The national government is the target of the protest movement. The slogan is Mubarak must go. There have been no reports of anti-American chants or slogans.

However, to win its aims the people’s movement will have to deepen, targeting not only the puppet but also the US puppet master.

US imperialism and its allies are desperately concerned that the Egyptian national democratic and anti-imperialist revolution will succeed and spread to other parts of the Arab world, threatening other client regimes and undermining US-Israeli hegemony in the region.

What is happening in Egypt is already affecting Jordan, Yemen, Algeria, Morocco as well as other states. The balance of forces, the political map is changing in a process which may be diverted or delayed but cannot be stopped.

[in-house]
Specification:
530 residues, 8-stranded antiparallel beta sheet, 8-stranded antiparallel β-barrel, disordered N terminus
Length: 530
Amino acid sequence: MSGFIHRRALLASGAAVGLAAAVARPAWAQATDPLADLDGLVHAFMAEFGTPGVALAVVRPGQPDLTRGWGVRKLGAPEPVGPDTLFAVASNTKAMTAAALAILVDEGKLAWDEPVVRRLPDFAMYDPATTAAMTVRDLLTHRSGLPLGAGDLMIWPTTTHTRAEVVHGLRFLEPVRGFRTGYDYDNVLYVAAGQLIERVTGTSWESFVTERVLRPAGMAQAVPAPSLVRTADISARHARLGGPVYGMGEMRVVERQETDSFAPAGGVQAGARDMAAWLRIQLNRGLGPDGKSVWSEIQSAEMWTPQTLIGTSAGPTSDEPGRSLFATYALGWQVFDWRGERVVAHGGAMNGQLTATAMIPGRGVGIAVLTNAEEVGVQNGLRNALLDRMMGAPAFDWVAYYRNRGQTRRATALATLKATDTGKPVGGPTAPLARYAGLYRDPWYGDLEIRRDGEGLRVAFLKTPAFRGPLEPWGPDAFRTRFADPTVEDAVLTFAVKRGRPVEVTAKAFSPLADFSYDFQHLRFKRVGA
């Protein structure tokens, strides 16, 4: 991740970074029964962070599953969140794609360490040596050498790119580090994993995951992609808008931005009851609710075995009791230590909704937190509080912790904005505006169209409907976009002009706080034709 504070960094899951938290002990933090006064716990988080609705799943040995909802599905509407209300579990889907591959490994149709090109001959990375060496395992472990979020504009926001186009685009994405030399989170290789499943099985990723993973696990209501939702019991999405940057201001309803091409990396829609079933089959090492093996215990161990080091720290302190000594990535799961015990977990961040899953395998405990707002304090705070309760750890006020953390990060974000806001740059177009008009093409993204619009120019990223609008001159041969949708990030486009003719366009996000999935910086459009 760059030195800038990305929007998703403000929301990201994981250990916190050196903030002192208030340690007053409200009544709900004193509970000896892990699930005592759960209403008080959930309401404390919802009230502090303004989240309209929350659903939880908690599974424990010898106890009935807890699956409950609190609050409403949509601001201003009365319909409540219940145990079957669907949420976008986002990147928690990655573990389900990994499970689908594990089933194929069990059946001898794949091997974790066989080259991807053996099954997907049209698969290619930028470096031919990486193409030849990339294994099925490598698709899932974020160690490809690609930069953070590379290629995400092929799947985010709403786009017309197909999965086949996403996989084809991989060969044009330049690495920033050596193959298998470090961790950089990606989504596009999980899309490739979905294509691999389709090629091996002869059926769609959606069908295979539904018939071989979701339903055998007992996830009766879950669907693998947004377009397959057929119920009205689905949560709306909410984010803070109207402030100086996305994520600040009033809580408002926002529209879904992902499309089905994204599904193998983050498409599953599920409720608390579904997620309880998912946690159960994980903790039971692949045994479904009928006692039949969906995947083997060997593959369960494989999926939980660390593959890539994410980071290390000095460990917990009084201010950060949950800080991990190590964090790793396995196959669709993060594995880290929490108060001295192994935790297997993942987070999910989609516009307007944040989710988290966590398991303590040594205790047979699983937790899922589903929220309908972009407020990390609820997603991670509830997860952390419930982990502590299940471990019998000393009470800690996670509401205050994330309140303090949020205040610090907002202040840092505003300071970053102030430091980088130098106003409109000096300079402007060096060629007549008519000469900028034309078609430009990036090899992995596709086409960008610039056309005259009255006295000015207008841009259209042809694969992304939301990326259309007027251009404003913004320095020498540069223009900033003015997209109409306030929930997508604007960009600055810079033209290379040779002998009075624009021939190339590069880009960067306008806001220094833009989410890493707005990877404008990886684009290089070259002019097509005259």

A new Egyptian government could break the blockade of Gaza.

The events sweeping Egypt in recent days, as well as the heroic uprising of the Tunisian people show that the days of the oppressive Arab regimes are numbered and that the will of the people for democracy, freedom and a decent life cannot be denied.

The Egyptian uprising demonstrates the power and the potential of the people .to bring about real change. The masses make history.

Current events in Egypt and across the Arab world challenge the domination of the US dictatorship of capital, they challenge its murderous wars of economic, political and cultural domination, and they challenge the oppression and destruction of the Palestinian people.

Regardless of the immediate outcome, the mass uprising in Egypt marks a turning point not only for Egypt, but for the Middle East and surrounding countries, and for US foreign policy. Imperialism and the reactionary, Zionist state of Israel have a lot to lose.  

Next article – Editorial – Housing – on the list of neo-liberal failures